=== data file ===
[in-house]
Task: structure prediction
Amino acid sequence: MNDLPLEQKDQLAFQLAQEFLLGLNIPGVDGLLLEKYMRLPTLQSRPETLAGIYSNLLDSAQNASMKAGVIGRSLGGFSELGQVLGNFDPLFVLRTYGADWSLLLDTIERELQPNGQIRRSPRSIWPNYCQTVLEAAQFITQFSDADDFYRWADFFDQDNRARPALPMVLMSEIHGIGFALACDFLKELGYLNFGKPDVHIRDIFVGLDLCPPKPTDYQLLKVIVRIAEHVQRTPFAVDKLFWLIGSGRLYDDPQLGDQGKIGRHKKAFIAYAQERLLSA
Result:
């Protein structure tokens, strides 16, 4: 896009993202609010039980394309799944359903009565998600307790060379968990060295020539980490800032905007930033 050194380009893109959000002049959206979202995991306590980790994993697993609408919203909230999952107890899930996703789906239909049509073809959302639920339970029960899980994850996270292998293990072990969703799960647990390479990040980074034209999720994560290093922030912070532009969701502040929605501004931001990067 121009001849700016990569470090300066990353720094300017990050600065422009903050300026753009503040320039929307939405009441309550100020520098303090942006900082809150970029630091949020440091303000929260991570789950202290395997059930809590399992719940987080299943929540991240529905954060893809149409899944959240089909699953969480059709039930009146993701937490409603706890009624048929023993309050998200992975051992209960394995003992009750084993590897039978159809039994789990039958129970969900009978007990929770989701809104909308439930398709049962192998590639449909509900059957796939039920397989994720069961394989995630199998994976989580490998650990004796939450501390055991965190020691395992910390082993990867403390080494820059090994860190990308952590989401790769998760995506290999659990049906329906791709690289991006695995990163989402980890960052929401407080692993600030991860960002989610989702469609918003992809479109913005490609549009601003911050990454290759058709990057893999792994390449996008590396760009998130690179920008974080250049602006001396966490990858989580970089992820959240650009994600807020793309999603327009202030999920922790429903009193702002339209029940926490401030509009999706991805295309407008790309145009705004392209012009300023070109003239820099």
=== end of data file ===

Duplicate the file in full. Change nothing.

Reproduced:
[in-house]
Task: structure prediction
Amino acid sequence: MNDLPLEQKDQLAFQLAQEFLLGLNIPGVDGLLLEKYMRLPTLQSRPETLAGIYSNLLDSAQNASMKAGVIGRSLGGFSELGQVLGNFDPLFVLRTYGADWSLLLDTIERELQPNGQIRRSPRSIWPNYCQTVLEAAQFITQFSDADDFYRWADFFDQDNRARPALPMVLMSEIHGIGFALACDFLKELGYLNFGKPDVHIRDIFVGLDLCPPKPTDYQLLKVIVRIAEHVQRTPFAVDKLFWLIGSGRLYDDPQLGDQGKIGRHKKAFIAYAQERLLSA
Result:
């Protein structure tokens, strides 16, 4: 896009993202609010039980394309799944359903009565998600307790060379968990060295020539980490800032905007930033 050194380009893109959000002049959206979202995991306590980790994993697993609408919203909230999952107890899930996703789906239909049509073809959302639920339970029960899980994850996270292998293990072990969703799960647990390479990040980074034209999720994560290093922030912070532009969701502040929605501004931001990067 121009001849700016990569470090300066990353720094300017990050600065422009903050300026753009503040320039929307939405009441309550100020520098303090942006900082809150970029630091949020440091303000929260991570789950202290395997059930809590399992719940987080299943929540991240529905954060893809149409899944959240089909699953969480059709039930009146993701937490409603706890009624048929023993309050998200992975051992209960394995003992009750084993590897039978159809039994789990039958129970969900009978007990929770989701809104909308439930398709049962192998590639449909509900059957796939039920397989994720069961394989995630199998994976989580490998650990004796939450501390055991965190020691395992910390082993990867403390080494820059090994860190990308952590989401790769998760995506290999659990049906329906791709690289991006695995990163989402980890960052929401407080692993600030991860960002989610989702469609918003992809479109913005490609549009601003911050990454290759058709990057893999792994390449996008590396760009998130690179920008974080250049602006001396966490990858989580970089992820959240650009994600807020793309999603327009202030999920922790429903009193702002339209029940926490401030509009999706991805295309407008790309145009705004392209012009300023070109003239820099």